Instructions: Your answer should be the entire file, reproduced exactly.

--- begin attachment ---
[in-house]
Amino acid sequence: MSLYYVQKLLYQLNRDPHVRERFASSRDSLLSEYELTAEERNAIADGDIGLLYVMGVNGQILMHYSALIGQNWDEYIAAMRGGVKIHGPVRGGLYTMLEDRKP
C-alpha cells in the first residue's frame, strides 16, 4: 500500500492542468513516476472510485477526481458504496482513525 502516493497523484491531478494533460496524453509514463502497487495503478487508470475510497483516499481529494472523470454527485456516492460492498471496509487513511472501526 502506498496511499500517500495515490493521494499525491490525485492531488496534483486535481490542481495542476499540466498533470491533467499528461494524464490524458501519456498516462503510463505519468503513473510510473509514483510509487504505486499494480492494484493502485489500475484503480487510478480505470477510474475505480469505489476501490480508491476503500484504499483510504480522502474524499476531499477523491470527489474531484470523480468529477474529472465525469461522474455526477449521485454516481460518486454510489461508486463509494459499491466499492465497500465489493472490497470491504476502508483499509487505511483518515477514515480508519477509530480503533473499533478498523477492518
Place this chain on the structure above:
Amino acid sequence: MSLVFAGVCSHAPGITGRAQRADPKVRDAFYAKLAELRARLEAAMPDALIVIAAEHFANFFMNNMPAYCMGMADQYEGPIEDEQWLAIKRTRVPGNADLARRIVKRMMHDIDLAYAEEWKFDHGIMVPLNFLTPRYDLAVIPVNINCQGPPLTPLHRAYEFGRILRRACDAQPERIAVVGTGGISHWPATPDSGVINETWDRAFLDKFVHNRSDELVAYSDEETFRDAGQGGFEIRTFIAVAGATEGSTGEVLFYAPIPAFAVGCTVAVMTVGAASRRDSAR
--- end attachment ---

[in-house]
Amino acid sequence: MSLYYVQKLLYQLNRDPHVRERFASSRDSLLSEYELTAEERNAIADGDIGLLYVMGVNGQILMHYSALIGQNWDEYIAAMRGGVKIHGPVRGGLYTMLEDRKP
C-alpha cells in the first residue's frame, strides 16, 4: 500500500492542468513516476472510485477526481458504496482513525 502516493497523484491531478494533460496524453509514463502497487495503478487508470475510497483516499481529494472523470454527485456516492460492498471496509487513511472501526 502506498496511499500517500495515490493521494499525491490525485492531488496534483486535481490542481495542476499540466498533470491533467499528461494524464490524458501519456498516462503510463505519468503513473510510473509514483510509487504505486499494480492494484493502485489500475484503480487510478480505470477510474475505480469505489476501490480508491476503500484504499483510504480522502474524499476531499477523491470527489474531484470523480468529477474529472465525469461522474455526477449521485454516481460518486454510489461508486463509494459499491466499492465497500465489493472490497470491504476502508483499509487505511483518515477514515480508519477509530480503533473499533478498523477492518
Place this chain on the structure above:
Amino acid sequence: MSLVFAGVCSHAPGITGRAQRADPKVRDAFYAKLAELRARLEAAMPDALIVIAAEHFANFFMNNMPAYCMGMADQYEGPIEDEQWLAIKRTRVPGNADLARRIVKRMMHDIDLAYAEEWKFDHGIMVPLNFLTPRYDLAVIPVNINCQGPPLTPLHRAYEFGRILRRACDAQPERIAVVGTGGISHWPATPDSGVINETWDRAFLDKFVHNRSDELVAYSDEETFRDAGQGGFEIRTFIAVAGATEGSTGEVLFYAPIPAFAVGCTVAVMTVGAASRRDSAR